May 1, 2024

Just Saying…

What does it take to be a Dentist?

By Q.C. Jones


Allow me to explain. This article could better be summarized as a true confession. Realizing that true confessions can be self-serving, self-aggrandizing, and only good for the writer, please bear with me as I journey through my life’s experience while sitting in one of the most uncomfortable recliners on the planet – the dentist’s chair.

Through the years, I have felt the key ingredients for a successful dental practice were the following:  An office with a strange medical smell, an exhaustive collection of vintage People magazines, a few white lab smocks, and a serious bent for sadistic behavior.

As most negative stereotypes go, I have friends who fall into the targeted group. Yep, and this is true in QC’s case, too. Why, I have great friends and even a cousin and niece who are dentists. For the life of me, I must admit, their sadistic streak is either lacking or well hidden. But that is another story. Perhaps someday I will have one of my “shrink friends” join for us for cocktails and secretly analyze their personalities. Stay tuned.

Getting back to the subject at hand, allow me to share my dental chart with you.

Your pal and ace reporter QC Jones spent his early years in a part of the country where drinking water tasted like seashells and was naturally fluorinated to the point where today I am told they remove fluoride from the water rather than add it. Scientists tell us too much fluoride creates good teeth and low IQs. Perhaps this may explain how I survived childhood with only a single visit to the dentist.

My first dental experience came about because the schools in my little hometown insisted that everyone have a dental checkup prior to entering high school. As of this point, I knew several dentists. They seemed like decent enough people; hell, maybe even mild-mannered and kind. I had no prejudice for or against the dental profession. But things changed.

My parents made an appointment with our family dentist, or at least the one they visited from time to time. And, for the most part, I was looking forward to this rite of passage trip to the dentist. I can still remember walking up to the door of his office which was on the second floor of an old building on my hometown’s square. I excitedly ran up the long flight of stairs to the second-floor hall and opened the door to this business. Quickly following the instructions to have a seat and wait for the dentist, I couldn’t help but notice the familiar smell of stale cigar smoke (which was familiar to me because my grandpa and all of his buddies were cigar smokers).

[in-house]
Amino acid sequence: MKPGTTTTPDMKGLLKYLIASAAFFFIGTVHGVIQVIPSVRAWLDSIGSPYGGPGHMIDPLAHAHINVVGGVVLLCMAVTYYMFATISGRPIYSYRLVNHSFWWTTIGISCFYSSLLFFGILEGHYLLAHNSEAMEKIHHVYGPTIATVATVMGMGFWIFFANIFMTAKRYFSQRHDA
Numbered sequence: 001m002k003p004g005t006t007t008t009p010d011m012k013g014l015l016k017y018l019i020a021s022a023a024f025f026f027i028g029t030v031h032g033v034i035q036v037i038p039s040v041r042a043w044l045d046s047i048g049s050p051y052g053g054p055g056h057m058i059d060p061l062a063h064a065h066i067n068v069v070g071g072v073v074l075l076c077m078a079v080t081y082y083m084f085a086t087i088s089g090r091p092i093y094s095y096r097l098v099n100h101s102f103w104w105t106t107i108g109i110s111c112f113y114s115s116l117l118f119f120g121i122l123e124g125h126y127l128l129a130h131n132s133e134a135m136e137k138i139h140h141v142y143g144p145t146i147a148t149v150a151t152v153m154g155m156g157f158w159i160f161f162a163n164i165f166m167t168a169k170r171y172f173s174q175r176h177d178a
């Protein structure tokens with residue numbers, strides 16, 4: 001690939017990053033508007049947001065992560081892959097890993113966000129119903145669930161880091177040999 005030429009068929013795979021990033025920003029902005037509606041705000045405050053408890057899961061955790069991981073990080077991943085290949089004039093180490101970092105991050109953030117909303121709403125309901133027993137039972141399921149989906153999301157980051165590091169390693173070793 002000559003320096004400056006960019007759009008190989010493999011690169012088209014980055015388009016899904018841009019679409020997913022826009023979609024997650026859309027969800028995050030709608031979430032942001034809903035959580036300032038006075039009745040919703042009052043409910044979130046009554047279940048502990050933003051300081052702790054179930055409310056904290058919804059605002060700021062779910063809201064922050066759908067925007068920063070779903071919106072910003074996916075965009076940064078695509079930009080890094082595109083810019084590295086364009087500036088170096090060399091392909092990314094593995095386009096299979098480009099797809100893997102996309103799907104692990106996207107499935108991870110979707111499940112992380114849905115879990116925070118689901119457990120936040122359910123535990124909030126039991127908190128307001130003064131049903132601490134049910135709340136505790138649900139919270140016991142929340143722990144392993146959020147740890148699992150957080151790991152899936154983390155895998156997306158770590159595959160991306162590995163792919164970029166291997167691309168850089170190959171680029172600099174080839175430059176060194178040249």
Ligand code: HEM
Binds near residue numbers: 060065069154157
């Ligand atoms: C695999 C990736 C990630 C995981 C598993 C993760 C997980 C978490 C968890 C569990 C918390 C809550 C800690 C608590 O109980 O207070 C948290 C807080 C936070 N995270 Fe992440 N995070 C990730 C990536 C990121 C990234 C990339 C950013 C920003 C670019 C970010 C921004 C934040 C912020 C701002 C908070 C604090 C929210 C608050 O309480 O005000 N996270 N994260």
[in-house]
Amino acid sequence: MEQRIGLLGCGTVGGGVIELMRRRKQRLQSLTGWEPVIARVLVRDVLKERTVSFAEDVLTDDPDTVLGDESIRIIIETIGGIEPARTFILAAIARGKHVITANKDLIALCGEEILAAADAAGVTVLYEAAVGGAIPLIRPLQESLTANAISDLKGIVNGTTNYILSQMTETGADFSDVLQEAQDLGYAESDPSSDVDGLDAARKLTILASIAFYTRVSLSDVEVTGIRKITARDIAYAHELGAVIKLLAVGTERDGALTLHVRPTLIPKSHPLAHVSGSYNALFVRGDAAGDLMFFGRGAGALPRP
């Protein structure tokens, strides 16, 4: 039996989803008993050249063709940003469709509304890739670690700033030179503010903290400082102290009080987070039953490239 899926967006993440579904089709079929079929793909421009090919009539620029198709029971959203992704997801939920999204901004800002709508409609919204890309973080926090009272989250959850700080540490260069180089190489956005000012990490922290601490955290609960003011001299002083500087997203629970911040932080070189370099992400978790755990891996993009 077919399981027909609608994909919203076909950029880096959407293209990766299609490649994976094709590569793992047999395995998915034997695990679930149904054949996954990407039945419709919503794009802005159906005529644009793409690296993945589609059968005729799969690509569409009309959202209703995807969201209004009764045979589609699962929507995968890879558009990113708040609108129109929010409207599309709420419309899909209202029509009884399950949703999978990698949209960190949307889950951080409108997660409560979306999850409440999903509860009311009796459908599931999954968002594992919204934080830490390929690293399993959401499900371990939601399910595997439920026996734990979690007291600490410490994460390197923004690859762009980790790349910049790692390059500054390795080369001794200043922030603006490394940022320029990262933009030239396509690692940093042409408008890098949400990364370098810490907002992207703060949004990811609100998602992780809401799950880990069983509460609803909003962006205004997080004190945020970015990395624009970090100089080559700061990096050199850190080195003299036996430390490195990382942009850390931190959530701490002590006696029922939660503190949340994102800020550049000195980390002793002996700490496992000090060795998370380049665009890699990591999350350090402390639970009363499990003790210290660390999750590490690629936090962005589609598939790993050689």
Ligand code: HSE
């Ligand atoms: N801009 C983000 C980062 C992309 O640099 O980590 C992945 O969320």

I was soon greeted by Dr. M (we are changing the name to protect the guilty). While the waiting room smelled of
cigars, the examination room was clouded with smoke. The good doctor took a long draw from the cigar and greeted me warmly and asked when football season was starting; after all, it was a small town, sports were a big thing, and we knew one another.

Resting the cigar in a nearby ashtray, Dr. M quickly set about examining my mouth. Now for those of you who have never found yourself with a mouthful of cigar ashes, there is nothing quite like the experience. But things went downhill from there. After poking around with various instruments and sundry other sticks and small hammers, the doc stepped back and announced, “I have good news and not so good news.”

Continuing, he said, “You have one very small cavity, but otherwise your teeth look great. We’re going to fix that cavity and you’ll be great.” Then tossing out a few scientific terms, he set about puffing on his cigar, all the while mixing some magic formula. Stepping back to the chair, he explained the cavity was small and he was going to save my parents 10 bucks by filling it without giving me a shot of Novocaine.

The next 15 minutes were pure torture. I would wince; he would stop, ask if I could handle the pain, and before I could say yes or no, the drills were whizzing in my mouth. Remember my comment about old cigar ashes?  I can tell you the smell of an ancient drill hitting the sensitive part of a tooth is 100 times worse.

The appointment came to an end, and I vowed this would not be an experience I struggled through again, or at least any time soon.

Fast forward seven years and no dentist visits later, I found myself at a cocktail party in Cleveland, Ohio. In a chance conversation, I met a dentist who went by the name of “Phil-the-Drill” and booked himself as the future of dentistry. I liked him and told him of fears and bad dreams about life in the chair.

He had a different plan, a casual meet and greet at his office with drinks, and the opportunity to sit in one of his chairs, turn down the lights, crank up the stereo, and relax. I accepted his invitation. Between songs he explained the tools and told me that dentists can be painless.

I recently saw a dentist who is taking the same approach in the QCA. If you are like the old me, I would recommend you look up Virdi Dental in Moline.

And, just so you know, I always get a checkup and haven’t had any dental pain since 1969.

Just saying… QC Jones    

Filed Under: Family, Health & Wellness, Humor

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